Remember how we configured our Django project to store emails in a local folder called sent_emails? If you look at your project now, that folder exists! The format for the txt file will look something like this:

Content-Type: text/plain; charset= "utf-8"
MIME-Version: 1.0
Content-Transfer-Encoding: 8bit
Subject: Password reset on
From: webmaster@localhost
Date: Fri, 29 Sep 2023 19:20:44 -0000

You're receiving this email because you requested a password reset for your user account at

Please go to the following page and choose a new password:

Your username, in case you've forgotten: wsv

Thanks for using our site!

The team

This file contains Django's default language, which we can customize. But the critical section for now is the URL included. In the email above, mine is Copy and paste yours into your browser, and you'll be automatically routed to the Password reset confirmation page.

Django password confirm page

Ugly, no? Let's create a new template with our familiar steps. In your text editor, create the new template called templates/registration/password_reset_confirm.html and enter this new code:

<!-- templates/registration/password_reset_confirm.html -->
{% extends "base.html" %}

{% block title %}Enter new password{% endblock %}

{% block content %}

{% if validlink %}

<h1>Set a new password!</h1>
<form method="POST">
  {% csrf_token %}
  {{ form.as_p }}
  <input type="submit" value="Change my password">

{% else %}

<p>The password reset link was invalid, possibly because it has already been used. Please request a new password reset.</p>

{% endif %}
{% endblock %}

Refresh the page at, and you'll see our new template.

Password confirm page

Password Reset Done

Go ahead and create a new password in our form. Upon submission, you'll be redirected to our final default page, which is for Password reset complete:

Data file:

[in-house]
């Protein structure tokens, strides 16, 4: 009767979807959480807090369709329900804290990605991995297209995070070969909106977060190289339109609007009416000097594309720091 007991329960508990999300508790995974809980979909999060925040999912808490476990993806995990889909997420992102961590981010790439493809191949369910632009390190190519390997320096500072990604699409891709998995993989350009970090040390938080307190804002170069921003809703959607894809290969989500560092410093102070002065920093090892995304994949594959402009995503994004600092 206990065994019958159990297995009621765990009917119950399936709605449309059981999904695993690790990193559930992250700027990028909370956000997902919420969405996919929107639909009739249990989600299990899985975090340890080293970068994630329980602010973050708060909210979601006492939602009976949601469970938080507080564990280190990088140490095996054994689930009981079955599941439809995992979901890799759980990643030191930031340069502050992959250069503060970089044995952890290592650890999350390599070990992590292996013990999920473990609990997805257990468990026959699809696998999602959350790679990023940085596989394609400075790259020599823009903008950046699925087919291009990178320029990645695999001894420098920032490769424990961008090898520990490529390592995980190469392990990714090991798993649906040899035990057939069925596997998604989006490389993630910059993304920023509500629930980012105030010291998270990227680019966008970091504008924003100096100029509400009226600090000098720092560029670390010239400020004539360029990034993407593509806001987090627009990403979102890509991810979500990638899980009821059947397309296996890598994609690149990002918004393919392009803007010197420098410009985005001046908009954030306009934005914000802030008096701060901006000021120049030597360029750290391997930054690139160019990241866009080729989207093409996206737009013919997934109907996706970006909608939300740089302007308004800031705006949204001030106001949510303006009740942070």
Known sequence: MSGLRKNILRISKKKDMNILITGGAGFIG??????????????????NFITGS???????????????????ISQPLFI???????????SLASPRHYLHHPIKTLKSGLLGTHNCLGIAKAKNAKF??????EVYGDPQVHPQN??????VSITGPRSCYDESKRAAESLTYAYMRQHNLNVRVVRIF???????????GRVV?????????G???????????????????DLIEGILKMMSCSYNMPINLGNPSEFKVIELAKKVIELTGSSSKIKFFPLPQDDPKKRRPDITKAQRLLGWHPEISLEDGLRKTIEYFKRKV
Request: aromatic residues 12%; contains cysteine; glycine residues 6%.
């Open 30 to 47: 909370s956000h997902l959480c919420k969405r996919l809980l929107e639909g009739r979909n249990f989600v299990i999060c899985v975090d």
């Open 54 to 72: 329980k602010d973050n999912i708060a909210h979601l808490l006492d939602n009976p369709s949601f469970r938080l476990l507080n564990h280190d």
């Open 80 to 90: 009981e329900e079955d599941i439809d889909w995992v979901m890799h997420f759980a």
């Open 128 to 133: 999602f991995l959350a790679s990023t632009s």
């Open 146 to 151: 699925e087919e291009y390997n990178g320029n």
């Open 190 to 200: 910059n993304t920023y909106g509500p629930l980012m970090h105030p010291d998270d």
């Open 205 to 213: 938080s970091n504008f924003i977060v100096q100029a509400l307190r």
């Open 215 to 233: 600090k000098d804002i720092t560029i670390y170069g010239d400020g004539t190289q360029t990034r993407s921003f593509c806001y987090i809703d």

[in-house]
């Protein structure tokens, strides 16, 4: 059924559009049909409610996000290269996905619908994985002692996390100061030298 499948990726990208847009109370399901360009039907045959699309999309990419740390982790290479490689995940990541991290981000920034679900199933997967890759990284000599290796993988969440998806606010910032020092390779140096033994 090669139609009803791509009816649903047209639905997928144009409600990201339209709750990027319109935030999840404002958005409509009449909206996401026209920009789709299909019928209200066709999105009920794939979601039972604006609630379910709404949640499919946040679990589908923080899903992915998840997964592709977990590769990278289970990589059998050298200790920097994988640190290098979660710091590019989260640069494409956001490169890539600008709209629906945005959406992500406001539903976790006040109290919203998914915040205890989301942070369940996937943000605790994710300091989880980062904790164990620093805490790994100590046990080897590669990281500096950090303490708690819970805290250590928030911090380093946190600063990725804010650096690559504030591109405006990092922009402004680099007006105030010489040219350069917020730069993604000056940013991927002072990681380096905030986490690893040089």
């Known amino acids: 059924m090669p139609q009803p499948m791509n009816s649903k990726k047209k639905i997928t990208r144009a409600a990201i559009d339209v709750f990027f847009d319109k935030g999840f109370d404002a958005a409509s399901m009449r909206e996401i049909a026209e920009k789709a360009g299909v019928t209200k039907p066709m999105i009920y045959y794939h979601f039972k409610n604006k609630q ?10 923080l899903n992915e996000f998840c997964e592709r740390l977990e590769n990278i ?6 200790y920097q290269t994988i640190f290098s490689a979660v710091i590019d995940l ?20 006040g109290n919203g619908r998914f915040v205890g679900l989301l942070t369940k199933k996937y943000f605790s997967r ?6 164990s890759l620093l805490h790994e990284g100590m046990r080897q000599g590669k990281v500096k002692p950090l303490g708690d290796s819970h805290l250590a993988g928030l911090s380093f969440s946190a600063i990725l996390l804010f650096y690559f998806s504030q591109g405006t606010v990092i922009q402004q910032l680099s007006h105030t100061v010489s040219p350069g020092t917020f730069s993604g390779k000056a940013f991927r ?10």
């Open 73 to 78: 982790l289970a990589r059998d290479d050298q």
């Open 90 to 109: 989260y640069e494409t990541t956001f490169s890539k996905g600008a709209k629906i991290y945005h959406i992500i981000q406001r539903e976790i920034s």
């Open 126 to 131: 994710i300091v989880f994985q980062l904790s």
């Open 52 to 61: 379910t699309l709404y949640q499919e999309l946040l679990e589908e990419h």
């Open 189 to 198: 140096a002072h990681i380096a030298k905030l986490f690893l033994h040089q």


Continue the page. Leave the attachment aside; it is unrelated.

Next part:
Django password reset done page

To customize this page, we'll create a new file called password_reset_complete.html and enter the following code:

<!-- templates/registration/password_reset_complete.html -->
{% extends 'base.html' %}

{% block title %}Password reset complete{% endblock %}

{% block content %}
<h1>Password reset complete</h1>
<p>Your new password has been set. You can log in now on the <a href=" {% url 'login' %}">log in page</a>.</p>
{% endblock %}

Now reset the page at and view our work.

Password reset done page

Add to home page

Let's now add the password reset link to the homepage so logged-in users can see it. We can use the built-in tag {% url 'password_reset' %}. Here's the code.

<!-- templates/home.html -->
{% extends 'base.html' %}

{% block title %}Home{% endblock %}

{% block content %}
{% if user.is_authenticated %}
  Hi {{ user.username }}!
  <p><a href="{% url 'logout' %}">Log Out</a></p>
  <p><a href="{% url 'password_reset' %}">Reset Password</a></p>
{% else %}
  <p>You are not logged in</p>
  <a href="{% url 'login' %}">Log In</a>
{% endif %}
{% endblock %}

Navigate to using the "Log In" link. The updated homepage has the "Log Out" and "Reset Password" links.

Homepage with Reset Password link


We've implemented a robust user authentication flow for our web app with login, logout, signup, and password reset. Congrats!

What else might we want? A custom user model is a good idea instead of the built-in User model. The Django docs note one is highly recommended. You could also add a "Password Change" feature, wire up emails to send, or even install the 3rd party django-allauth package to enable login via email only and other goodies.

I cover all of this--and more--in my book, Django for Beginners.